Badgers are two-foot-long mustelids with short, strong legs, squat, broad bodies, and forelegs having claws that are efficient burrowing tools. They are nocturnal, heavily furred, and very strong. Badgers live in deep burrows on and in prairies, woods, or hills. Like other mustelids, they have perineal glands which make fetid musk. Their pelts are valued garment furs. American badgers are found in western North America, east to Ohio and north to southern Canada. Their shaggy fur mixes gray, black, and brown hair. They eat field mice, squirrels, and gophers, digging animal prey out of underground homes. European badgers are like American badgers in size and color, but have teeth designed for omnivorous diets. They live in forests in deep burrows, and their litter size is four or five young. These badgers eat fruits, nuts, eggs, birds, rodents, frogs, snails, worms, and insects, and love honey and wasp or bee larvae. Shaggy hair protects them frombeing stung. All badgers are quarrelsome. Caged together, they fight continually. They are also very brave and fight savagely, if cornered.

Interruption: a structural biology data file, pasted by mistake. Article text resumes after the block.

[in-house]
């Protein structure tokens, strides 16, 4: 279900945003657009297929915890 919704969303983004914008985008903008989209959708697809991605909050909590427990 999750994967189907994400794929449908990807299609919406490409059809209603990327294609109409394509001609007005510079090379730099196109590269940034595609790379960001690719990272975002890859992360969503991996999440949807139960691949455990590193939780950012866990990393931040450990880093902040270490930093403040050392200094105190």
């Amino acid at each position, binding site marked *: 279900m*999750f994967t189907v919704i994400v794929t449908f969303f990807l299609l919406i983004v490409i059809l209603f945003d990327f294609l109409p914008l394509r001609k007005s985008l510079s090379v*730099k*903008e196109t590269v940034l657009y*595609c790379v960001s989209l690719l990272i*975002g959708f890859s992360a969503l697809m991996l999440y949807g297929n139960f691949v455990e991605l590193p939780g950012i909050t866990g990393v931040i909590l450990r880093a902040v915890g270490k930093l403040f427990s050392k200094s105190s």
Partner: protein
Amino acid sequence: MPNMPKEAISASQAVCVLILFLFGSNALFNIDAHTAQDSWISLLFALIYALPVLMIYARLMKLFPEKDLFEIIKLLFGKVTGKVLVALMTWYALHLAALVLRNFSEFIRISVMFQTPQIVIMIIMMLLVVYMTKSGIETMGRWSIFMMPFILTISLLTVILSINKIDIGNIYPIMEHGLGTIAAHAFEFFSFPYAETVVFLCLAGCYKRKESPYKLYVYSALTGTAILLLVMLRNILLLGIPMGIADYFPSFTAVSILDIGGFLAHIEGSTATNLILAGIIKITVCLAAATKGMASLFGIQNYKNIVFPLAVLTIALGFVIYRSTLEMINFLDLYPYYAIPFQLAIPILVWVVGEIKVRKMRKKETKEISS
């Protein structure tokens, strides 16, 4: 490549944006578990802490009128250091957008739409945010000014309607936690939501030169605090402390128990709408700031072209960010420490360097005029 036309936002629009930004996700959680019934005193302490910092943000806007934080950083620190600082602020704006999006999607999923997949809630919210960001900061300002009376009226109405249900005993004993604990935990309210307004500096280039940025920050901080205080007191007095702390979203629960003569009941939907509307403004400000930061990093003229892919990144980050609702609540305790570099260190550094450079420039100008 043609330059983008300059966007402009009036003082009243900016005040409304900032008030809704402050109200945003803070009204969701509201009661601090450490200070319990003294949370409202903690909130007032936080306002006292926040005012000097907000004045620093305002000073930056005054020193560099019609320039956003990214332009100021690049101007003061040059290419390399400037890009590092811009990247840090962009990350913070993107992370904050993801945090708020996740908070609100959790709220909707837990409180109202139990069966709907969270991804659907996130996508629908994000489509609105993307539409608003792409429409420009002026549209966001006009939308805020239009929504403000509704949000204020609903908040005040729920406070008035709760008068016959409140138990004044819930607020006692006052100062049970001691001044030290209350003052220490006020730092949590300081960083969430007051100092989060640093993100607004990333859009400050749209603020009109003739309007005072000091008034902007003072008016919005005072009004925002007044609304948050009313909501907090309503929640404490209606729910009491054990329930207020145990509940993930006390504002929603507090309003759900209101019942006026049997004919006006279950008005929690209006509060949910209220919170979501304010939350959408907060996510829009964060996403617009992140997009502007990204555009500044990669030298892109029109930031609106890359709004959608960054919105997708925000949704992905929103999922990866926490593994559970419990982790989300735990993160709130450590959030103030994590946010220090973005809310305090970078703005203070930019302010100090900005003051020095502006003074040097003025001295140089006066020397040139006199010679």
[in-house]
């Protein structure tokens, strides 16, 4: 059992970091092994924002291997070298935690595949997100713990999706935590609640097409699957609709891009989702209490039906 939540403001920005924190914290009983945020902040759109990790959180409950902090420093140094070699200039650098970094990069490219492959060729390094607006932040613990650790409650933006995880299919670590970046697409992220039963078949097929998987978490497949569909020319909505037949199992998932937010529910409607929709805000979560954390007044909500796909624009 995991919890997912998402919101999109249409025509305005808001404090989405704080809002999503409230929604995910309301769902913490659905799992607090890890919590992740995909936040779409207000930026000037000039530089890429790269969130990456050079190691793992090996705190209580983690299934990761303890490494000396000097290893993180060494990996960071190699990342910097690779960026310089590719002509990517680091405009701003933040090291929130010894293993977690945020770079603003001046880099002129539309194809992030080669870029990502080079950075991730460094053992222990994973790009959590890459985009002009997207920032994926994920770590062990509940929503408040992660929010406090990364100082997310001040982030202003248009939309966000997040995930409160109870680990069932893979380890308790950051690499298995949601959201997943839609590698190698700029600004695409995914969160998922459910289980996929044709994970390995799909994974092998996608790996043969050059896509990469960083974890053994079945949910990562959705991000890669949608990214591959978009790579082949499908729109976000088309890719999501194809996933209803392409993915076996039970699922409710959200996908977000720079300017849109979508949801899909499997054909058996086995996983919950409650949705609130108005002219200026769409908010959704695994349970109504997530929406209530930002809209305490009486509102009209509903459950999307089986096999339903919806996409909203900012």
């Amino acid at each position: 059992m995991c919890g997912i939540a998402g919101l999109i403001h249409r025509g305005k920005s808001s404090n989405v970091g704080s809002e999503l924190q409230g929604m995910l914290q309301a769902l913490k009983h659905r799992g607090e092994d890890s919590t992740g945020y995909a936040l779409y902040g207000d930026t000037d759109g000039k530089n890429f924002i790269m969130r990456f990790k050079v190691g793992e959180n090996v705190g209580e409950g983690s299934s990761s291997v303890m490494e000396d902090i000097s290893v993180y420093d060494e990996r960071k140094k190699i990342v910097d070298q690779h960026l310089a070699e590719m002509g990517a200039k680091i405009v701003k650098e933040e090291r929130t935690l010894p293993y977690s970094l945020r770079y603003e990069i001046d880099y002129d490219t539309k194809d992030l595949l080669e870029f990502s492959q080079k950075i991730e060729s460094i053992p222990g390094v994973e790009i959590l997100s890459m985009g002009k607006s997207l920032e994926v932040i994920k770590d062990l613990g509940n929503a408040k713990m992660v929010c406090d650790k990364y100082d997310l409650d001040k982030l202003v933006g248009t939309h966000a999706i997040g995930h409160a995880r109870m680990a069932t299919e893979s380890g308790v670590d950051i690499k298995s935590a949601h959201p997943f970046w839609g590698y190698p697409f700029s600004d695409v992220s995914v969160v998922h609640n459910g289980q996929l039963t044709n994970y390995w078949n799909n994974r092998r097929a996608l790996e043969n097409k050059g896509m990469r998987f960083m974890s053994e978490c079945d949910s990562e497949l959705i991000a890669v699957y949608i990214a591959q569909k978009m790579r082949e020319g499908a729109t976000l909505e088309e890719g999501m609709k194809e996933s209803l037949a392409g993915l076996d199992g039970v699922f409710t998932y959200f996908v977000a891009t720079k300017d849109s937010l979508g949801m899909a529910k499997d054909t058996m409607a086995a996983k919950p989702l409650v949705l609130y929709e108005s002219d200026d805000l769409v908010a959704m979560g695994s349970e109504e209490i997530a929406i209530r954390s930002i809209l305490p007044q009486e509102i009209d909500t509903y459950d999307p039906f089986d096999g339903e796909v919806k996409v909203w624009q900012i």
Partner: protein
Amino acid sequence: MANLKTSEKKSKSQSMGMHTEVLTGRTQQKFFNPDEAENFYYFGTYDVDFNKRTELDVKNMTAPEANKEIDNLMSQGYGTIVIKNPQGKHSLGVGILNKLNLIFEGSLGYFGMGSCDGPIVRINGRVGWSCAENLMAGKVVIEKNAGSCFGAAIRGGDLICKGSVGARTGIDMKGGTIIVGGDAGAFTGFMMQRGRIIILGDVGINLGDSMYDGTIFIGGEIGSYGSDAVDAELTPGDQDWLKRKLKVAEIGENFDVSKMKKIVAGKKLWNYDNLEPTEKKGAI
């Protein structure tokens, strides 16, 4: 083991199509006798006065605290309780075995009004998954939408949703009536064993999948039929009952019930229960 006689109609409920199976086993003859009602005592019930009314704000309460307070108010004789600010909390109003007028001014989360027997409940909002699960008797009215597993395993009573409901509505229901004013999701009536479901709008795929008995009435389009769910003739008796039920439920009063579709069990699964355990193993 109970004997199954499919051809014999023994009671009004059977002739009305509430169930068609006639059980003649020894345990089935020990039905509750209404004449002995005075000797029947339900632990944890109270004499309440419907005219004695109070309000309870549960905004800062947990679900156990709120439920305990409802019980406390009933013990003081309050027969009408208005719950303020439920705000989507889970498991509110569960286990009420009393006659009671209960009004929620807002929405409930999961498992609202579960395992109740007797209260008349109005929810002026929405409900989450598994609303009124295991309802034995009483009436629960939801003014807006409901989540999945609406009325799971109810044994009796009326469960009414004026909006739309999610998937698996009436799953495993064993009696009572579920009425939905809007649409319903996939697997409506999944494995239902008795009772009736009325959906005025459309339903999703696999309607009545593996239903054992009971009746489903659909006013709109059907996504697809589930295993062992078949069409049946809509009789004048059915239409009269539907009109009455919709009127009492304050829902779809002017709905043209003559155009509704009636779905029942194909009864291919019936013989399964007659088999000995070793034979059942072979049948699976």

Subfamilies: Melinae (badgers, six genera, eight species), Mellivarinae (honey badger)
Geographical location: Worldwide, except Antarctica, Australia, South America, and the Sahara
Gestational period: From one to two months
Life span: Up to fifteen years
Special anatomy: Paws with sharp digging and grasping claws, luxurious fur, webbed feet in otters
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